Siobhan Dongés – Abstract

P03      Paired corticospinal-motoneuronal stimulation does not improve maximal voluntary elbow flexion in people with incomplete cervical spinal cord injury

Dongés SC[1], Boswell-Ruys CL[1], Butler JE[1,2] and Taylor JL[1,2,3]

  1. NeuRA, Sydney, Australia
  2. University of New South Wales, Sydney, Australia
  3. Edith Cowan University, Perth, Australia

Corticospinal transmission to motoneurones can be modified using repeated pairs of stimuli to presynaptic corticospinal neurones and postsynaptic motoneurones. This technique, termed paired corticospinal-motoneuronal stimulation (PCMS), can modify evoked muscle potentials and voluntary motor performance in people with and without spinal cord injury (1-4). Maximal voluntary performance after PCMS has only been assessed for thumb adduction in people without spinal cord injury (3). Here, we hypothesised that PCMS would enhance maximal voluntary elbow flexion in people with incomplete cervical spinal cord injury. PCMS comprised 100 stimulus pairs (transcranial magnetic and electrical peripheral nerve stimulation) at 0.1 Hz, timed so corticospinal potentials arrived at corticospinal-motoneuronal synapses 1.5 ms before antidromic motoneuronal potentials. On two days (5-22 days apart), sets of 5 maximal elbow flexions were performed by 11 individuals with spinal cord injury (C4/C5 level) before and after PCMS or control (100 peripheral nerve stimuli) conditioning. To measure maximal voluntary activation, supramaximal biceps brachii stimulation elicited superimposed twitches during contractions, which were normalised to resting twitches. Torque and electromyographic activity during contractions were also assessed. Baseline median (interquartile range) maximal torque was 11 Nm (10 to 25 Nm) and voluntary activation was 92% (83 to 96%). There were no significant differences in outcome measures between PCMS and control protocols after conditioning. Thus, PCMS did not improve maximal motor output for this group. Possible explanations for the lack of effect include a potential ceiling effect for voluntary activation, or that PCMS may be less effective for elbow flexors than more distal muscles.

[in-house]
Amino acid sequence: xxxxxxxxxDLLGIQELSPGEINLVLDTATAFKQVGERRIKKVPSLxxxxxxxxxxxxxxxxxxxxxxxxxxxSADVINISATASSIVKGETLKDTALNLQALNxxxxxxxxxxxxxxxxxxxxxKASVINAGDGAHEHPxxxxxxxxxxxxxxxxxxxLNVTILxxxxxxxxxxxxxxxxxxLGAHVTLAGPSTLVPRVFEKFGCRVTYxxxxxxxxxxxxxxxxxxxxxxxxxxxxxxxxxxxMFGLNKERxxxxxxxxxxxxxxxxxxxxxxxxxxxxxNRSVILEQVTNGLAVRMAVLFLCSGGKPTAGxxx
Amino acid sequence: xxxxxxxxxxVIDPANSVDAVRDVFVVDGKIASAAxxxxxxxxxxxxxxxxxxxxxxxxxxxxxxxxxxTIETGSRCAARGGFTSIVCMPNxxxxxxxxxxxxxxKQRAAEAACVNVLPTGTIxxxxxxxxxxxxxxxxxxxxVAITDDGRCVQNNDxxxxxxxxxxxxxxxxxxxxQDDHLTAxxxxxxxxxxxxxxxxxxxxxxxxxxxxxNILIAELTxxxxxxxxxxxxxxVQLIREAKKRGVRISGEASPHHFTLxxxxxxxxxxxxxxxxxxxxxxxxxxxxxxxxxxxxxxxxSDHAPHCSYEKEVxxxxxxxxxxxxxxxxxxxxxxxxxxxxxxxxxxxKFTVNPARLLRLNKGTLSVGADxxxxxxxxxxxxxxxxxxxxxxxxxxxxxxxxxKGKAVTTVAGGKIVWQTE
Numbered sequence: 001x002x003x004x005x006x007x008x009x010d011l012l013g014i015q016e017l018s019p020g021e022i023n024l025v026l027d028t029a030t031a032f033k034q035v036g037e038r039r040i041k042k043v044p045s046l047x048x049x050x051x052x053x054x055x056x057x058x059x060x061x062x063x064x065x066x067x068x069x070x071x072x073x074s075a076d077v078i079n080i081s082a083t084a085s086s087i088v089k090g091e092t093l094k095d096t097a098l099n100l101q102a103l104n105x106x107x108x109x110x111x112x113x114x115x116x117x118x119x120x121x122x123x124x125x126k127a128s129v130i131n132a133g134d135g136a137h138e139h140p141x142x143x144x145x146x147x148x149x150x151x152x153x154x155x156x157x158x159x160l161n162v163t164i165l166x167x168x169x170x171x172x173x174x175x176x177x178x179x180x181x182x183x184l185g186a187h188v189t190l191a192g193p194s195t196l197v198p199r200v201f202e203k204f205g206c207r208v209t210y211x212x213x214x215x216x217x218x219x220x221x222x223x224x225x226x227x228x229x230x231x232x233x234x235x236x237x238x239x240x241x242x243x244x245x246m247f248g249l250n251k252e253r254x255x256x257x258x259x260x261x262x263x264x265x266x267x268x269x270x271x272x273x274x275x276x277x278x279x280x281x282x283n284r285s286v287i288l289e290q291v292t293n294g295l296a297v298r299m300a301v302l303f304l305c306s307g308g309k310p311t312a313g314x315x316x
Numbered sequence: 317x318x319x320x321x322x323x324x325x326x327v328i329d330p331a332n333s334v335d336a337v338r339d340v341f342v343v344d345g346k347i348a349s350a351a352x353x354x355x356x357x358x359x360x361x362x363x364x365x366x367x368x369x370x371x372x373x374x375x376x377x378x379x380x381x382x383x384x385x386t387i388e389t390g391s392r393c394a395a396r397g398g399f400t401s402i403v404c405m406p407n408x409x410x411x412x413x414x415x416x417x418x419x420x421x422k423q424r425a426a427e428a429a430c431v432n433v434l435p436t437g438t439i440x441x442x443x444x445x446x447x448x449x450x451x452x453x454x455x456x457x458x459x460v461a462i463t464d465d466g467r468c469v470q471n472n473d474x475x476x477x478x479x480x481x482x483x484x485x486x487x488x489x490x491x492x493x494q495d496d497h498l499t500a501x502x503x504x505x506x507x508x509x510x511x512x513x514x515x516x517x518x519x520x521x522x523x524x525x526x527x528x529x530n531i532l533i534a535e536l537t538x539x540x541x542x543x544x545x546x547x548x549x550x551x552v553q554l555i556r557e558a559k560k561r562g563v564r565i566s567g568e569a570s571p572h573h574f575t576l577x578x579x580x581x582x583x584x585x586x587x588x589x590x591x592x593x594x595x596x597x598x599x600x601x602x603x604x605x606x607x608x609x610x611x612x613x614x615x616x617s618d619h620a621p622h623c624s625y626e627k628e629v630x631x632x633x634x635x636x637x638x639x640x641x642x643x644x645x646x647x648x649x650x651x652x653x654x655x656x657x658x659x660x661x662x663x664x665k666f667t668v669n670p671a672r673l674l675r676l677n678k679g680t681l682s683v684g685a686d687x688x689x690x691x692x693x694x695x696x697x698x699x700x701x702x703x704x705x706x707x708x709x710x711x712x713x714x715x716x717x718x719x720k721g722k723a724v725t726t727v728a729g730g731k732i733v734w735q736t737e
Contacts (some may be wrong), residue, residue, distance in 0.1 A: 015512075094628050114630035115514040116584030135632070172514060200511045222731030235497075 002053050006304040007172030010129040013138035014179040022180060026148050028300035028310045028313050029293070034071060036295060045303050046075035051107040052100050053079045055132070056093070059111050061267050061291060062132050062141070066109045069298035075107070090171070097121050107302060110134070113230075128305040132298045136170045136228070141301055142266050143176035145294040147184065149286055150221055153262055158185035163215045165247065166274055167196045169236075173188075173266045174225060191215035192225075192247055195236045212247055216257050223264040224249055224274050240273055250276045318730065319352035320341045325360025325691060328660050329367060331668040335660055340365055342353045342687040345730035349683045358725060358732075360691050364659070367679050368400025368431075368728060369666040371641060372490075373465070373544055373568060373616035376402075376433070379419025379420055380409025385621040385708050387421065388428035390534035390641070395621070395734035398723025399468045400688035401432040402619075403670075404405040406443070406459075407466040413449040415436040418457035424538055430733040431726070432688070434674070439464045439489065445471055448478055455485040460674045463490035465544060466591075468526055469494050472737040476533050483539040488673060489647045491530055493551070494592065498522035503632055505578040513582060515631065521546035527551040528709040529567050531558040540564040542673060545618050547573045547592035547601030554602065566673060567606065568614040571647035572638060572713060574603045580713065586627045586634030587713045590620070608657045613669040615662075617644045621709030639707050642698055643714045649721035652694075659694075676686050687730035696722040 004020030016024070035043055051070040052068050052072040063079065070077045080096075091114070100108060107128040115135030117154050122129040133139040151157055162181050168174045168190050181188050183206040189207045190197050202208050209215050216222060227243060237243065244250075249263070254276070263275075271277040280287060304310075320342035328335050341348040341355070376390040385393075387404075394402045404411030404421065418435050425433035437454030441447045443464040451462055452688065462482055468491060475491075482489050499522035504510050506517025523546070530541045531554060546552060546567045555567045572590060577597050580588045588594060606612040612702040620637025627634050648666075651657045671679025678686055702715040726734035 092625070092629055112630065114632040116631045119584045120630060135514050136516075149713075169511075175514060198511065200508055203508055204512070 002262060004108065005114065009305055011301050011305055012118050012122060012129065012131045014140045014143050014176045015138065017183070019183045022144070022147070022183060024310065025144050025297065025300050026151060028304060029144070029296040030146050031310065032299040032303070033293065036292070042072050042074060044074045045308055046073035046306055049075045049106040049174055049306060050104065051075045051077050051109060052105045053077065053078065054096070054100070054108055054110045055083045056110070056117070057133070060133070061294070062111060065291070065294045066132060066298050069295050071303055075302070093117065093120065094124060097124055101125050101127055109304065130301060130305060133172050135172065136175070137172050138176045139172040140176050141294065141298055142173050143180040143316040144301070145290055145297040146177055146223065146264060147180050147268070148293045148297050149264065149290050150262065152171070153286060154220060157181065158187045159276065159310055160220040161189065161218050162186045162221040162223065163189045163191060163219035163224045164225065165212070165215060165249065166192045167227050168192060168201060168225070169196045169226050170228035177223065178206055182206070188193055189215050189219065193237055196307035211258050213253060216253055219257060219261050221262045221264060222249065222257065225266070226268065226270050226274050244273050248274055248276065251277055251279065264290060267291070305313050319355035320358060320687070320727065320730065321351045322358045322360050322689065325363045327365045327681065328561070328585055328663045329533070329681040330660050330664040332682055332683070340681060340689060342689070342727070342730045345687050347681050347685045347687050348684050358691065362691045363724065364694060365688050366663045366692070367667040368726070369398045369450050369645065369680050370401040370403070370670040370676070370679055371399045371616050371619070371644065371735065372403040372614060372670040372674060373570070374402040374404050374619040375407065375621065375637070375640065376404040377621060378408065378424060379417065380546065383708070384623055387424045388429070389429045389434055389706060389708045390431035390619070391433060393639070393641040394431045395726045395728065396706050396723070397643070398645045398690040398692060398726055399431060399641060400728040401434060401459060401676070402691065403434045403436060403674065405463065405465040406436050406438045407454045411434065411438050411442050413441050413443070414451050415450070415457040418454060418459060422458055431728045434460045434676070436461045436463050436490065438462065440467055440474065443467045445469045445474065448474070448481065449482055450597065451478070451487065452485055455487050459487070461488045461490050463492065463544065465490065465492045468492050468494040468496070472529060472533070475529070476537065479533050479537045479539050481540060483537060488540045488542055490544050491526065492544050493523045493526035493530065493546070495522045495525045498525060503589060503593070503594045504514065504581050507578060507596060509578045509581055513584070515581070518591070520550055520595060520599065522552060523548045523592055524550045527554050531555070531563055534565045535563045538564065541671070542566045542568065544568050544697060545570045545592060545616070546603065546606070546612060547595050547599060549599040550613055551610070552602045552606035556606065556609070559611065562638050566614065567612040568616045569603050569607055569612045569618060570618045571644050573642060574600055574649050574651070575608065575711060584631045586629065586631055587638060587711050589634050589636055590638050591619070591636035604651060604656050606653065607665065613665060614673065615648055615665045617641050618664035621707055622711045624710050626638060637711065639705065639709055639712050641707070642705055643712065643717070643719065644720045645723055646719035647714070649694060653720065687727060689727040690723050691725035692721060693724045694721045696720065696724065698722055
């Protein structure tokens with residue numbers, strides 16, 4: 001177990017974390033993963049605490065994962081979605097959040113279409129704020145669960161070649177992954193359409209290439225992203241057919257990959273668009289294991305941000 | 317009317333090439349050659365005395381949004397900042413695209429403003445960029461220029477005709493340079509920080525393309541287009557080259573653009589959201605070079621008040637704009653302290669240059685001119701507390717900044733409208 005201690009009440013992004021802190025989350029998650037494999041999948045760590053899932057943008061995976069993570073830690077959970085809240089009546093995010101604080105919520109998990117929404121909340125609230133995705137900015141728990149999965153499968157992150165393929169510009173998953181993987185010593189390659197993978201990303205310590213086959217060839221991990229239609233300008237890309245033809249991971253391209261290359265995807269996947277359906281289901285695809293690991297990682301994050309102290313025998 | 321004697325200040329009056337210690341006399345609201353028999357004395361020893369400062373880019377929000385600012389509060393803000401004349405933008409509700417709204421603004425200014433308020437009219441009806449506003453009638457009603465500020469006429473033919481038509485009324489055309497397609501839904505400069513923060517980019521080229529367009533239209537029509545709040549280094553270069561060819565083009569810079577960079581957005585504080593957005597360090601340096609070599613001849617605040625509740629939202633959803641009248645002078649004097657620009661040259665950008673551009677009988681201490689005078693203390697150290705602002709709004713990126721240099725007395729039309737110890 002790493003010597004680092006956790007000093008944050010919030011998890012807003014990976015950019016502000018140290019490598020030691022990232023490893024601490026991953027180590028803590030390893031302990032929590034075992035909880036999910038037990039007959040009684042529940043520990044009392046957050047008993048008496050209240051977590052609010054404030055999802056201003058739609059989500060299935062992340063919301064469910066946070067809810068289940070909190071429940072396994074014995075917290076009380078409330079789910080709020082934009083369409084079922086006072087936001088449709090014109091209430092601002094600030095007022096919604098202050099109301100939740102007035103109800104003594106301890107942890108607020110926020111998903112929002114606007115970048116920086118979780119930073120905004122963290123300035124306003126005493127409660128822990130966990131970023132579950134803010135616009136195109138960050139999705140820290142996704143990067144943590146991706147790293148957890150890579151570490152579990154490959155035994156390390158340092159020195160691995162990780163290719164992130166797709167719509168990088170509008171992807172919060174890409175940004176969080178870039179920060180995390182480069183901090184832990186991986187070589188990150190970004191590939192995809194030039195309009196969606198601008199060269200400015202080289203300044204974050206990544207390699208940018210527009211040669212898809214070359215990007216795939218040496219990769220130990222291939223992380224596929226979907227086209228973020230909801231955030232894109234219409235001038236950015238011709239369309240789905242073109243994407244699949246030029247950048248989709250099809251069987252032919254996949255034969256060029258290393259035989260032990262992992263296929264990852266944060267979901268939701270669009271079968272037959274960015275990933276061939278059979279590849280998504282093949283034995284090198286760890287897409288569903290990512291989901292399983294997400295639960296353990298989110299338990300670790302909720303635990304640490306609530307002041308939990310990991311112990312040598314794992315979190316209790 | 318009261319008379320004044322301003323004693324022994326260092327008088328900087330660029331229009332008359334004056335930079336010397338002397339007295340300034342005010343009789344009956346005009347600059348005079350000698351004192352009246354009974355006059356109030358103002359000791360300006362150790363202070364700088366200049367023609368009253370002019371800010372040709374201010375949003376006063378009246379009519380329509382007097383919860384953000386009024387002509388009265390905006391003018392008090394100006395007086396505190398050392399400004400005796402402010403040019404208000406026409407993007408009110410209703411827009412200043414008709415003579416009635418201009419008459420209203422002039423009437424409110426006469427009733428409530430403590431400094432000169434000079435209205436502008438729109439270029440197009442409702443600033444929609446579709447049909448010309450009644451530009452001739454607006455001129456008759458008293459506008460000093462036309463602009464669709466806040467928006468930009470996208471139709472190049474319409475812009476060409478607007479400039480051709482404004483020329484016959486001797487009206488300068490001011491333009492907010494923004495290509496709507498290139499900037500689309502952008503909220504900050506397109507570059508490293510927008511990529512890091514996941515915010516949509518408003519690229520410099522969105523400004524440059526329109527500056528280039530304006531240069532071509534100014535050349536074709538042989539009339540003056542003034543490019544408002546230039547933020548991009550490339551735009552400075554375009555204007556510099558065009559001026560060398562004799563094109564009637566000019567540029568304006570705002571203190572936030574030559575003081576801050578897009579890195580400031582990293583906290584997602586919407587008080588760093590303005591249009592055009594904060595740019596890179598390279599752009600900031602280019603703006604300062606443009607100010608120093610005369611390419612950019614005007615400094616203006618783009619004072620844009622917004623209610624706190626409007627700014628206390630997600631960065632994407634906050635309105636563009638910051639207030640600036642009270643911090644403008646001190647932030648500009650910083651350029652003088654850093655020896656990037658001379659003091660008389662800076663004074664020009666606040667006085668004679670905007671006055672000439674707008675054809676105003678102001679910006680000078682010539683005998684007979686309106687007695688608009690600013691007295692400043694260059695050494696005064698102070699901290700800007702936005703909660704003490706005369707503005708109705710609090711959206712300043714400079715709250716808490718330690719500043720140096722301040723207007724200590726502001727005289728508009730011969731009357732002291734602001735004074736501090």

1. Taylor JL & Martin PG (2009) J Neurosci 29, 11708-11716
  2. Bunday KL & Perez MA (2012) Curr Biol 22, 2355-2361
  3. D’Amico JM, Dongés SC & Taylor JL (2018) J Neurophysiol 119, 369-376
  4. Dongés SC, D’Amico JM, Butler JE & Taylor JL (2018) J Neurophysiol 119, 652-661